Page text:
MEMORANDOM TO US House of Repres

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TO: U.S House of Representatives Committee on Foreign Relations; U.S. Senate
Committee on Foreign Affairs
FROM: Pro-African Lobbyists (Jennifer Covert, Jane Franklin, Bilen Fraye, Alyssa
DATE: 03/06/08
SUBJET: We recommend restructuring U.S aid with a combination of the micro-credit
and debt cancellation alternatives, to solve the problem of misallocation of U.S foreign
aid to Sub-Saharan Africa.

EXECUTIVE SUMMARY: The new policy would restructure the status quo of US aid
to Sub-Saharan Africa by including funding for micro-credits and considering debt
cancellation for countries that show good governance. The status quo has not succeeded
in money actually going to that which it is intended. Restructuring the status quo would
include current micro-credit and debt cancellation programs, which have proven to be
successful. A new entity should be formed consisting of representatives from
international and domestic organizations to increase the transparency of money transfer
to the specific development projects. A structured monitoring system will be required
and reinforce transparency of the program.

The amount of US aid to Sub-Saharan Africa (hereinafter referred to collectively as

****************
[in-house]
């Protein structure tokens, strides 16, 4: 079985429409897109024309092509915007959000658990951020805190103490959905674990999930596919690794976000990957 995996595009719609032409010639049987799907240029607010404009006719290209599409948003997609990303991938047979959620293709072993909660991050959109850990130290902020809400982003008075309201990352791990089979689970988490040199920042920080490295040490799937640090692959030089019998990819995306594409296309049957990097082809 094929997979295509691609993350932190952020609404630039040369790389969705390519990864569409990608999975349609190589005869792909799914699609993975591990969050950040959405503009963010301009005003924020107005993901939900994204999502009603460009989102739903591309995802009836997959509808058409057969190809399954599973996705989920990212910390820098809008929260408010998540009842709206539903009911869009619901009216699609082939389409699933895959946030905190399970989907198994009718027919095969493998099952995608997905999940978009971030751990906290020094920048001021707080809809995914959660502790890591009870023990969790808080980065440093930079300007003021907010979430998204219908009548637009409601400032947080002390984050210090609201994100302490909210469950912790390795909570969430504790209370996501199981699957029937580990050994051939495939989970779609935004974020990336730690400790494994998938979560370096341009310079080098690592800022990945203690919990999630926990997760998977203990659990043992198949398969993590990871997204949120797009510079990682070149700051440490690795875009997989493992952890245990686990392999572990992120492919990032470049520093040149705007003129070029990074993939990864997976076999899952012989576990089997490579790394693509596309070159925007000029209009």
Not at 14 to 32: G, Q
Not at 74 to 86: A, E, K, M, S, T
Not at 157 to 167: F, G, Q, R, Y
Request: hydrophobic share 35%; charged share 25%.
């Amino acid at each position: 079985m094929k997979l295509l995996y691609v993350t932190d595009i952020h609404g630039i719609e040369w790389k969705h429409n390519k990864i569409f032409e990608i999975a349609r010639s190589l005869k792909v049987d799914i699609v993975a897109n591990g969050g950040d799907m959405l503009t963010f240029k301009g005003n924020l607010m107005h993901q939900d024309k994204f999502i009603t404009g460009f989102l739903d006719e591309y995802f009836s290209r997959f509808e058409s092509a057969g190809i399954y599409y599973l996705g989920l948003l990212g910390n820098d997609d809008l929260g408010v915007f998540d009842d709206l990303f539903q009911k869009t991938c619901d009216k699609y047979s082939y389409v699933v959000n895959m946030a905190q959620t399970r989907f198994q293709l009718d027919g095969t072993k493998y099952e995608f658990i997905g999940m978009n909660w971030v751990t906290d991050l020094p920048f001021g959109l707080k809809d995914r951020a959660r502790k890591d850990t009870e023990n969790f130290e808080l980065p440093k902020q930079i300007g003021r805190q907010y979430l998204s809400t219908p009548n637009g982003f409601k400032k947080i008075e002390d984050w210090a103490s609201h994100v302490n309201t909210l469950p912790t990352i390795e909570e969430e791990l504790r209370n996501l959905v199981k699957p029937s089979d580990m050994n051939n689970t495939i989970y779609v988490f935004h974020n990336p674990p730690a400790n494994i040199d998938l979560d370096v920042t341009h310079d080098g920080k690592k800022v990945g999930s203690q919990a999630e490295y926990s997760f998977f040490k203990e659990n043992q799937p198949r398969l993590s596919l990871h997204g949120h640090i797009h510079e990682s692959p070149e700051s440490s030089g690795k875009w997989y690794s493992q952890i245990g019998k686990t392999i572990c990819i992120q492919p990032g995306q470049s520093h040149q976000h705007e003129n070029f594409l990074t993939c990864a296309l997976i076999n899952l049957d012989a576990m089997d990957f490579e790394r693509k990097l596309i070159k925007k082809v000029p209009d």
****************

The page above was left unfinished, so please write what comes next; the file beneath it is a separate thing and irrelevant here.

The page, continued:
"Africa") is inadequate because of the inefficient manner in which it is allocated at two
levels. At the global level, the most aid tends to be given to the least-needy countries and
allocated in terms of military and emergency food aid. (See Appendix A). The aid which
is disbursed to countries in need, such as African nations, tends to be disbursed to
governments rather than directly to the people.

Consequences: According to the Cato Institute, the misallocation of foreign aid has
“enabled government officials to embezzle large amounts of money and misspend much
on loss-making projectsi.” In many cases, the governments receiving foreign aid fail to
adequately disburse it among the population, thereby rendering the people unable to
better their situations in any way. Part of the source of conflict and strife in this region is
the corruption of the governments, so disbursing food and money to the very people
responsible for oppressing the population with the expectation that they will, in turn,
allocate it efficiently within the country, is not realistic. Countries are actually
empowering these corrupt governments and widening the gap between the "haves" and
the "have nots." Additionally, the types of aid given from other global actors do not
provide any sort of sustainability for the African people.ii There is a grave need for aid
to this region (see Appendix B), but failure to reform the methods by which this aid is
allocated and disbursed will only perpetuate the cycles of instability that Africa is
experiencing today.

Evidence: The Brookings Institute reported that, although the current administration
claimed in 2005 that US foreign aid to Africa had “tripled,” much of this increase was in
the form of emergency food aid and had, in fact, only increased 56% from FY2000 to
FY2004.iii Additionally, while the Child Survival and Health Programs Fund was